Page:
20 Men With Guns Confront Solo Armed Black Protester at Utah Capitol

A group of around 20 armed men confronted a black male taking part in a solo demonstration at the Utah State Capitol in protest at police brutality and the treatment of African Americans in the country.

John Sullivan, of the Insurgence USA activist group, was armed with a rifle for around two hours during what was promoted online as a "Solo Armed Stance" in protest at the unidentifiable agents who have been seen forcing protesters into unmarked vehicles in Portland, Oregon.

Sullivan was arrested at his home on July 9 for crimes he allegedly committed during a June 29 protest at the Provo Police Station.

On Wednesday, around 20 members of the Utah Citizens' Alarm (UCA) group arrived at Sullivan's "solo armed protest," resulting in small confrontations between the two opposing groups.

"Just as [police protesters] have the right to their First Amendment rights and to exercise that, we also have the Second Amendment, which allows us to bear arms," UCA leader Casey Robertson told The Salt Lake Tribune.

"We want to be a deterrent for anyone that wants violence in our communities, and [being armed] is loud and clear deterrent for anyone who wants to destroy, kill, attack, that there are people here who will practice their Second Amendment rights."

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The UCA formed after a truck driver was allegedly shot by a protester at the Provo demonstration on June 29.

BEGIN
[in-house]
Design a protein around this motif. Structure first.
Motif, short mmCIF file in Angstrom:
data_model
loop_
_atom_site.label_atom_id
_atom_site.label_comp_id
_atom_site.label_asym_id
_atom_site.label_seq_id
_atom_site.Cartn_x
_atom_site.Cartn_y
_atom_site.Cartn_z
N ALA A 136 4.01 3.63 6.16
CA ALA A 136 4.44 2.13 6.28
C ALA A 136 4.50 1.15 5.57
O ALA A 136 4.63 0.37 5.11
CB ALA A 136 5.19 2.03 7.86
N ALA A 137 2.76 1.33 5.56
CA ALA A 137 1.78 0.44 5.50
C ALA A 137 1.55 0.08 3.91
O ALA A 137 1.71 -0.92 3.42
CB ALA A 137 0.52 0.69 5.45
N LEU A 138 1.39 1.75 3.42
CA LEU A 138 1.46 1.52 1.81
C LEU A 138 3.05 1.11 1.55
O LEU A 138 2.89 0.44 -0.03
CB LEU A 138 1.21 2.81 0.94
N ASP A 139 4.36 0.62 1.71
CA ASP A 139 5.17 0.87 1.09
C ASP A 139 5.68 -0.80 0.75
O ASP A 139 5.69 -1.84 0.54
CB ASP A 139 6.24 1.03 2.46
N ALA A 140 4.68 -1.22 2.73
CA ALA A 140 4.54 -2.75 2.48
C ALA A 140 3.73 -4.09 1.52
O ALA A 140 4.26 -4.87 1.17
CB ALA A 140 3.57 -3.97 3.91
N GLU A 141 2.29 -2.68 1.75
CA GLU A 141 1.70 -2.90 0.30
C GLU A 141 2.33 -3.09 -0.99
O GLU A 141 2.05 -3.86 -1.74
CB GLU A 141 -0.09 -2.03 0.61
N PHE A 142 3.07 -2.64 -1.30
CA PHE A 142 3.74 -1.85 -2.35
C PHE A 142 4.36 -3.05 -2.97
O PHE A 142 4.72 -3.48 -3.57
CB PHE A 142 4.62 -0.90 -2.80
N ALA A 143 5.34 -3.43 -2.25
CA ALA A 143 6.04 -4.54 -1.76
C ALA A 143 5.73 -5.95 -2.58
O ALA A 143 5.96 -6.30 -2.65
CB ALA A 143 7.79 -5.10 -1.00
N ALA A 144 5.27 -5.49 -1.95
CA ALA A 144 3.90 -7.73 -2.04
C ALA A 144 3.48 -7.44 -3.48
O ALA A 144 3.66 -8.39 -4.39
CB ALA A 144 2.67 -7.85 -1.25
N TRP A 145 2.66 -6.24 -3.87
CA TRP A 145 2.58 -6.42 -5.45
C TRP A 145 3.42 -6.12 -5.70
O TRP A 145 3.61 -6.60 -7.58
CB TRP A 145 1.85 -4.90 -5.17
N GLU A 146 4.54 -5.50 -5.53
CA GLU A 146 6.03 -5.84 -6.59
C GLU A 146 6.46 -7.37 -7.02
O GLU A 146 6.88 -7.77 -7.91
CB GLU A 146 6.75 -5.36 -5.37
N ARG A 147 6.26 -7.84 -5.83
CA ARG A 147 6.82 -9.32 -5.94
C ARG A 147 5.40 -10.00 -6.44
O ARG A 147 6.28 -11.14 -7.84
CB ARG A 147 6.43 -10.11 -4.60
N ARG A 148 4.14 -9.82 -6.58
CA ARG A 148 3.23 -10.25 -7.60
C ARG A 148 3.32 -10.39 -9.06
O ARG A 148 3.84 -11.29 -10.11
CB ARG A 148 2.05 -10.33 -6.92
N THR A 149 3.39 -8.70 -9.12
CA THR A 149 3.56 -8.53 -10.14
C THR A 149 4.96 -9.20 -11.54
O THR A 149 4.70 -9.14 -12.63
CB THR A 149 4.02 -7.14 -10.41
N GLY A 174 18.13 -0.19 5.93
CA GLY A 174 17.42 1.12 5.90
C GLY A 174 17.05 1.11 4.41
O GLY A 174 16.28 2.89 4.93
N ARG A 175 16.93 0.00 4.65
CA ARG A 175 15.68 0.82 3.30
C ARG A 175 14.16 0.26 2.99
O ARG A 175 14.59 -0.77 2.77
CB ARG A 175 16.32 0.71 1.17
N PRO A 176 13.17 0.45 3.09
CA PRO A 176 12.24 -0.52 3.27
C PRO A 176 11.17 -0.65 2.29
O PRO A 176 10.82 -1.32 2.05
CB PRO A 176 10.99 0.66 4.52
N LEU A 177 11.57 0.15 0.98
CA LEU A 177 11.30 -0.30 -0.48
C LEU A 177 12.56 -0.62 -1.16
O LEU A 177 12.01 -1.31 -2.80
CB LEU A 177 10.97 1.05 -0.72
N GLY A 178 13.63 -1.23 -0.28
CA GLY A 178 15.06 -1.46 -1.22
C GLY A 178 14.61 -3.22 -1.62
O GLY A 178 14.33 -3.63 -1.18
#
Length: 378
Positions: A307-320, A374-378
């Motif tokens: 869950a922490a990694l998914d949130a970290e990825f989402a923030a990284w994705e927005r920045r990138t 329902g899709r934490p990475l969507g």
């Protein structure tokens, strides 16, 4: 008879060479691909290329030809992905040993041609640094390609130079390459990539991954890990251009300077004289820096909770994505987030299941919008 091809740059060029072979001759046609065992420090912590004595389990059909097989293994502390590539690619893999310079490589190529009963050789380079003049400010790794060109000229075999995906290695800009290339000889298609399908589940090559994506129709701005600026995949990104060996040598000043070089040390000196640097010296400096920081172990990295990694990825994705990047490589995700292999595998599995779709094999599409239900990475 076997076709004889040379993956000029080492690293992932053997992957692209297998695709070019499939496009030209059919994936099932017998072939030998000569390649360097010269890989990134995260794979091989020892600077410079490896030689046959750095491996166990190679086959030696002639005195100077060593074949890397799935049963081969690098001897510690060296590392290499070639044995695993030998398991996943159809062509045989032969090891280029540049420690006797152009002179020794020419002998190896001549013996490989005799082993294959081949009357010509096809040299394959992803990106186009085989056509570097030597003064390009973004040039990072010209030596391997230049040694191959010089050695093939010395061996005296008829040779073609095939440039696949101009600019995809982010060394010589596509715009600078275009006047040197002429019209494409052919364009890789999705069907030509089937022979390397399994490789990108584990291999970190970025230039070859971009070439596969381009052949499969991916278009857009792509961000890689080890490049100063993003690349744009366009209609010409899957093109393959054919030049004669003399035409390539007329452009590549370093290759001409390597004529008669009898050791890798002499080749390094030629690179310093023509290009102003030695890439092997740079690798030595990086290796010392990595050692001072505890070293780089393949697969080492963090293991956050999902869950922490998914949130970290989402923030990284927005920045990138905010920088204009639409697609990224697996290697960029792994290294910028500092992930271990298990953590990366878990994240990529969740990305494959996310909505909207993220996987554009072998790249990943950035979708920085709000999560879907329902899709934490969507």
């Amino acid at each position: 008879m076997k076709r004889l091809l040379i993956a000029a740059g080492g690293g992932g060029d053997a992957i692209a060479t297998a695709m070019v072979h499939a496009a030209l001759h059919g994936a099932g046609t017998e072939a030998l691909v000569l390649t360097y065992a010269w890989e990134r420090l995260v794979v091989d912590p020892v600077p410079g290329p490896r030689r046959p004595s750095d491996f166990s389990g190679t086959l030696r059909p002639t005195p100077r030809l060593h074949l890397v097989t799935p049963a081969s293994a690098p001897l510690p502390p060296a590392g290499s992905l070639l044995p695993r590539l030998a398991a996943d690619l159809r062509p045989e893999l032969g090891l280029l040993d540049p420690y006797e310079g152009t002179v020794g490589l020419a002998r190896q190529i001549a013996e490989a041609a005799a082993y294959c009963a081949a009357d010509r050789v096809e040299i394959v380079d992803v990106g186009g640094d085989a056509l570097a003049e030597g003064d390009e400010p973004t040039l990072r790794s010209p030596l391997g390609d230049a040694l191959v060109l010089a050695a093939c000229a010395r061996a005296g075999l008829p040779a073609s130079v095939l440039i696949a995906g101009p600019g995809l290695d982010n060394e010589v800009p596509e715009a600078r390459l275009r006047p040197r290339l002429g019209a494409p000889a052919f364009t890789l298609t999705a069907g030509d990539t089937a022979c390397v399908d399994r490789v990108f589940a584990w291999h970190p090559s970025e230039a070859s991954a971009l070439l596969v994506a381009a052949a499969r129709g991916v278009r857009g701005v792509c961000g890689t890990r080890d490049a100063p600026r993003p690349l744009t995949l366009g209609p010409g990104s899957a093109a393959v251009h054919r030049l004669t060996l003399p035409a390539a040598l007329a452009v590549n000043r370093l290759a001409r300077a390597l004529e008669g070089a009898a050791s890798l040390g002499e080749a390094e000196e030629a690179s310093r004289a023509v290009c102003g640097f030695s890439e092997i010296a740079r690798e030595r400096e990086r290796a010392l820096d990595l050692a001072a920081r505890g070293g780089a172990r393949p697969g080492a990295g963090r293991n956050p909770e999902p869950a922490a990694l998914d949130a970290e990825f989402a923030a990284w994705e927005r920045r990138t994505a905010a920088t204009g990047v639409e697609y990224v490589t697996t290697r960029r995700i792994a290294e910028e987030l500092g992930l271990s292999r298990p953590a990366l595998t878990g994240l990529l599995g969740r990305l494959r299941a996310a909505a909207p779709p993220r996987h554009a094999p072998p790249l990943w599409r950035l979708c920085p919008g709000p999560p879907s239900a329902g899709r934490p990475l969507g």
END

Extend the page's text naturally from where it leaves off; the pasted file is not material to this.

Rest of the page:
The victim, a 60-year-old Provo man, was shot at in his SUV while trying to avoid the protesters who had gathered outside the station. Two men, Jesse Keller Taggart, 33, and Bradley Glenn Walters, 29, have been charged in connection to the shooting.

The UCA has more than 15,000 members on its Facebook page. Its declared goals are to protect communities in Utah from "violent protesters and anarchists."

Ahead of the protest, Insurgence USA released a statement saying how the "country is split" between those standing up for equal rights and treatment of Black people, and those forming armed groups that are "objecting to those rights."

"On top of this, we live in a scary reality where these armed citizens hardly differ from unmarked government officials-groups of which, have been appearing at a frightening rate across the nation," the statement added.

Earlier this month, the ACLU of Utah expressed concerns at how police officers were seen to "joke with, fist bump, and accept water bottles" from Black Lives Matter counter-protesters who have "publicly embraced white supremacist views."

"By doing so, whether police were aware of the ideologies that these groups have openly embraced, these actions conveyed a message of solidarity with counter-protesters and the ideologies which they espoused," the ULCU said in a statement.

"Rather than serving as a public safety entity to those present at or observing the protests, officers' actions and the way they positioned themselves during the events intimated a specific message of disagreement with the calls for racial justice."

The UCLU did not name the UCA in its statement.

Speaking to The Salt Lake Tribune, Robertson claimed the UCA works closely with law enforcement and acts as "extra eyes and ears for the police."

Utah Highway Patrol (UHP) officers were in attendance at the protests at the Capitol. It is unclear if any arrests were made.

UHP have been contacted for comment.

(File photo) Two men with their firearms listen to speakers at a protest to new gun legislation at the Utah State Capitol in Salt Lake City, Utah on February 8, 2020. A group of around 20 armed men and a “solo armed stance” demonstrator confronted each other at the Capitol on Wednesday. GEORGE FREY / AFP/Getty